Counties Prioritizing Jail Construction to Answer Realignment Challenges

​FOR IMMEDIATE RELEASE: November 26, 2013​

MEDIA CONTACT: Diana Zuñiga, Californians United for a Responsible Budget 213-864-8931

County experts available upon request for Fresno, Los Angeles, Riverside, San Diego, San Francisco, Santa Cruz, and others.

​California – ​Activists and analysts who have monitored California’s criminal justice realignment since it’s debut in 2011 released an updated Realignment Report Card today that shows the state moving away from realignment’s early promises.

“The opportunity to reverse the policies of mass incarceration that have been masquerading as public policy is slipping away,” says Emily Harris, who has been organizing against jail expansion in San Mateo and San Francisco Counties with Californians United for a Responsible Budget (CURB). “Instead, Sacramento is encouraging more counties to expand jails.”

CURB’s previous report cards (2011 & 2012) ranked counties with “Pass”, “Fail” or “Incomplete,” with a passing grade offered to counties planning to use realignment funds as an opportunity to keep their residents out of prison and jail while shifting public funds toward programs that connect people to housing, health care, education, job training, and reentry services that reduce recidivism. The 2013 report card adds the category “Double Fail” for counties like Los Angeles, San Bernardino, Riverside​, San Mateo​ and Kern that are planning to construct multiple new jail facilities.

“There is plenty of blame to go around,” said Debbie Reyes of the California Prison Moratorium Project who is organizing against jail expansion in the Central Valley. “The Legislature, Governor Brown, Secretary Beard and the usual law-and-order suspects in Sacramento are offering jail construction money to counties and most Boards of Supervisors are acting like kids at Halloween: they can’t stop themselves from taking more.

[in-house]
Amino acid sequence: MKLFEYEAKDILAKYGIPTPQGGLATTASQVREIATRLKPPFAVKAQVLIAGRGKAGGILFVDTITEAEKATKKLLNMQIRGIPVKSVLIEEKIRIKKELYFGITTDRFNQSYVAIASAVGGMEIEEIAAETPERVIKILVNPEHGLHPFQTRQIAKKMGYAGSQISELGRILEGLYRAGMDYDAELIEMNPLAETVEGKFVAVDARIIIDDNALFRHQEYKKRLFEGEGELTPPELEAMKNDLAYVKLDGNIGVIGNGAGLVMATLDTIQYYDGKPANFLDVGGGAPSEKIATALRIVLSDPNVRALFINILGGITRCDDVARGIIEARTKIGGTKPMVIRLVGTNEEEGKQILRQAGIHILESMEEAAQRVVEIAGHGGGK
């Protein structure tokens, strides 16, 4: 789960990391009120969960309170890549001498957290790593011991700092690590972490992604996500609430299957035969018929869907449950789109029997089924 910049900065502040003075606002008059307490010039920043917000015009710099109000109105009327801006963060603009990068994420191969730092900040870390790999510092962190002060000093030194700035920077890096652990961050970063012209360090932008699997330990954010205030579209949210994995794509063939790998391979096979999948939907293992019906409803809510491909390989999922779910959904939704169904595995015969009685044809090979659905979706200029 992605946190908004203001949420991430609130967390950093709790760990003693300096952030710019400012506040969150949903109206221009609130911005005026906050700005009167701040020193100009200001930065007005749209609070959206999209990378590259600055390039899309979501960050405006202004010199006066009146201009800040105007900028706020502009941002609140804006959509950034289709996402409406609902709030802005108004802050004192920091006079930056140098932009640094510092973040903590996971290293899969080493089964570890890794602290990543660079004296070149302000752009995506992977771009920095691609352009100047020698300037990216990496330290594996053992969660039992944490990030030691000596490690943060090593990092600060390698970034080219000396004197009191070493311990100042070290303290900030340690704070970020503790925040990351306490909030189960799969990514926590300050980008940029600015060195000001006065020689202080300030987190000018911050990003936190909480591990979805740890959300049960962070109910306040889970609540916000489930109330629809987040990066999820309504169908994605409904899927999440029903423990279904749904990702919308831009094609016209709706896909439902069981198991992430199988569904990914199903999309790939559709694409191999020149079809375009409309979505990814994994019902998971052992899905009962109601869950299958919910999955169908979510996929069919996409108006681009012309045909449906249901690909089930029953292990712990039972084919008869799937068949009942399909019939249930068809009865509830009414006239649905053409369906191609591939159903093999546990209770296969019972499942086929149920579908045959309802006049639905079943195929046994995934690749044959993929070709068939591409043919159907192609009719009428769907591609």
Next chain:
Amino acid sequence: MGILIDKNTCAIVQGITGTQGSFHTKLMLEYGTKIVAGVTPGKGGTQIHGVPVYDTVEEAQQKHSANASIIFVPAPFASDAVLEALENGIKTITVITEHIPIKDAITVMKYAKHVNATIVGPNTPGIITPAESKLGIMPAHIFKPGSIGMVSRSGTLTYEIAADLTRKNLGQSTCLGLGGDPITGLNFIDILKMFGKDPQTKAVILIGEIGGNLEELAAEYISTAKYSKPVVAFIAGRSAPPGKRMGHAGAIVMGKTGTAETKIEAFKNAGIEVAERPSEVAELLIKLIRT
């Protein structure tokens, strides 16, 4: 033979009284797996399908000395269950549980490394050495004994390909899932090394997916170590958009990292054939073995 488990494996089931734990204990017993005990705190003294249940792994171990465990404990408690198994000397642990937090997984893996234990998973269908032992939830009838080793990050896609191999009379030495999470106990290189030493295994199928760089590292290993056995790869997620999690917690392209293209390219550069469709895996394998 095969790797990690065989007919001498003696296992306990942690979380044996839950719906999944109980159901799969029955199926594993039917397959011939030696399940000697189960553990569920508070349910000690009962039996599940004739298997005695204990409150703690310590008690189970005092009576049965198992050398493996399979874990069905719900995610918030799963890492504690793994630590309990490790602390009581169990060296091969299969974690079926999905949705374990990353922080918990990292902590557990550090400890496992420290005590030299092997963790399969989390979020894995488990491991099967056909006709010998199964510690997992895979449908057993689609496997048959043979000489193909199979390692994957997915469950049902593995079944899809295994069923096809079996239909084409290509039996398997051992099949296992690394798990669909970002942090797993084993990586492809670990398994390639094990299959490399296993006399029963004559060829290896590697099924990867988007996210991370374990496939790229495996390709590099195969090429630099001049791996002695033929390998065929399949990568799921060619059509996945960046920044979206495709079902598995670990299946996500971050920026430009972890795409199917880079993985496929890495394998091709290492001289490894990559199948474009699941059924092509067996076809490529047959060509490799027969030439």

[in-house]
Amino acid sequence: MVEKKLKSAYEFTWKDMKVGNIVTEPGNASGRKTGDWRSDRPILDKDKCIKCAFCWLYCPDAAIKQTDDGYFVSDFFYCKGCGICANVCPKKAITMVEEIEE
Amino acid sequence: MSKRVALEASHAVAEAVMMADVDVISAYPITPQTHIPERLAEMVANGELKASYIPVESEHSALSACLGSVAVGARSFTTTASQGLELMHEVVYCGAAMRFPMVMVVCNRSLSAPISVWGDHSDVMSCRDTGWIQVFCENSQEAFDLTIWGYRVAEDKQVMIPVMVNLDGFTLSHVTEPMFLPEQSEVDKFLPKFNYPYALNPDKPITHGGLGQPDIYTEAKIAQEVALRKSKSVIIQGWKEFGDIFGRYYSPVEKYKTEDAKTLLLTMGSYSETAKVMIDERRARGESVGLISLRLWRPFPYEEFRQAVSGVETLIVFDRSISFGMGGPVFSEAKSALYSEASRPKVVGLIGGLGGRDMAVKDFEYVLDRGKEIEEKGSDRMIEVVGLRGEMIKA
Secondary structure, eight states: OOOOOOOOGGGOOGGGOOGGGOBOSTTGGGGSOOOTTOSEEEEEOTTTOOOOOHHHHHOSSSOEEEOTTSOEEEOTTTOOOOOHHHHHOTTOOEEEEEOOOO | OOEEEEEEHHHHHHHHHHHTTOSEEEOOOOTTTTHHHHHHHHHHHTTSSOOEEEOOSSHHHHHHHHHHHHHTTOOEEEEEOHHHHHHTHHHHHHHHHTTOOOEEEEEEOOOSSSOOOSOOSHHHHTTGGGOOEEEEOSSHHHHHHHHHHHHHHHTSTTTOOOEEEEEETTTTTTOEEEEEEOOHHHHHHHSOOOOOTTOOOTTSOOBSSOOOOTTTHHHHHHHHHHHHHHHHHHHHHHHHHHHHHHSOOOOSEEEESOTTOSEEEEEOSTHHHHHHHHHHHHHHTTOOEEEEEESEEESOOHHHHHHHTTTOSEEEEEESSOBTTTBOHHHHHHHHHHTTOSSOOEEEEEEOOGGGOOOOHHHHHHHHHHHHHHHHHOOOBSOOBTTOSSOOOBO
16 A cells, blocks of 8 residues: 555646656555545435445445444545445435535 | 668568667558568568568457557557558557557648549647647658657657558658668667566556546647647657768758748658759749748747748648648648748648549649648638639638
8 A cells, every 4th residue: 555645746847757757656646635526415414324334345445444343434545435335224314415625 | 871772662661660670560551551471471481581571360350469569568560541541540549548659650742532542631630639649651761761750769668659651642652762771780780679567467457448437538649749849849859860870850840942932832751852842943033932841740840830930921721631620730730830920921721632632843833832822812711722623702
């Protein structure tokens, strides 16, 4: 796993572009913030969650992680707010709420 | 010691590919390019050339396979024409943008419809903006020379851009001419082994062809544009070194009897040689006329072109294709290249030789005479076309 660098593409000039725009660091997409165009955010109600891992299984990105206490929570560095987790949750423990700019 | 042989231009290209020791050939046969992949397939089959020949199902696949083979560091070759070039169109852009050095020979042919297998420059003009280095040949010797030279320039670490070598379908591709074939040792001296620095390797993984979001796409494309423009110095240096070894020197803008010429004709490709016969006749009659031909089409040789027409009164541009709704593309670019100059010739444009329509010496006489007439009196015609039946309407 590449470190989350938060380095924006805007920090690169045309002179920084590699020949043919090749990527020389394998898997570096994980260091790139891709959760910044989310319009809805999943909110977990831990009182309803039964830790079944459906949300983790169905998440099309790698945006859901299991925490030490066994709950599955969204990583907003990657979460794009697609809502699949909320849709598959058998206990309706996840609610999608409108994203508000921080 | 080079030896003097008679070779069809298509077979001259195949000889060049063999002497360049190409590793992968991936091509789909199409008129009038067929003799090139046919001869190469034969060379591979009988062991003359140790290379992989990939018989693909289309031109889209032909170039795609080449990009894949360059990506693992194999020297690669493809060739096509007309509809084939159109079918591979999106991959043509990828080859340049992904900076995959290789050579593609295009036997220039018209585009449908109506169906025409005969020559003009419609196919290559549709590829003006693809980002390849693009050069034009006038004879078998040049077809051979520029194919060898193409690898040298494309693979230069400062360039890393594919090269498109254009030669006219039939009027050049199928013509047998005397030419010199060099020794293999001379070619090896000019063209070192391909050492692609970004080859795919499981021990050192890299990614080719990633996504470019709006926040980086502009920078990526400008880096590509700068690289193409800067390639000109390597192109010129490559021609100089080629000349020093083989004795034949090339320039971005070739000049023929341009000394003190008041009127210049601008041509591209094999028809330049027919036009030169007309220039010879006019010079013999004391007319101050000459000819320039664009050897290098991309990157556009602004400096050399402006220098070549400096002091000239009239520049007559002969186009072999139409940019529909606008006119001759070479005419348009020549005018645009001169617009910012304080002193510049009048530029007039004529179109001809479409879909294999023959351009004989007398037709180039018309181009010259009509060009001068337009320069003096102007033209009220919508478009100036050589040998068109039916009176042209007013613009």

“Realignment was and still might be a chance to shift our policies away from arrest and incarcerate towards one of invest and improve,” said Tash Nguyen of Sin Barras, organizing against Santa Cruz County jail construction. “But as more jails are built and more sheriffs hired to staff them, there will be less money to fund programs that will sustain and grow our neighborhoods.”

Despite the lack of leadership in Sacramento, residents across the state are demanding that their counties shift direction and realign away from constructing more jail cells towards alternatives to incarceration and reentry services that keep people out of jail and in their communities. Vocal protests and community forums about plans for new jail construction have happened recently in San Diego, Los Angeles, Riverside, Santa Cruz, San Francisco, San Mateo and several other counties. On December 4th advocates from numerous counties will come together at the Board of State and Community Corrections ​in​ Sacramento at 12pm to demand community solutions and no more jail construction.

“Building more cells to solve overcrowding is the wrong direction to go,” said Mary Sutton of Critical Resistance organizing against jail expansion in Los Angeles County. “Multiple studies show that investing in social programs rather than jails will create safer communities. Ignoring proven strategies that will reduce jail populations will continue to devastate and disenfranchise poor communities and communities of color across our state in the coming years.”

CURB’s Realignment Report Card #3 is available online at:
www.curbprisonspending.org​

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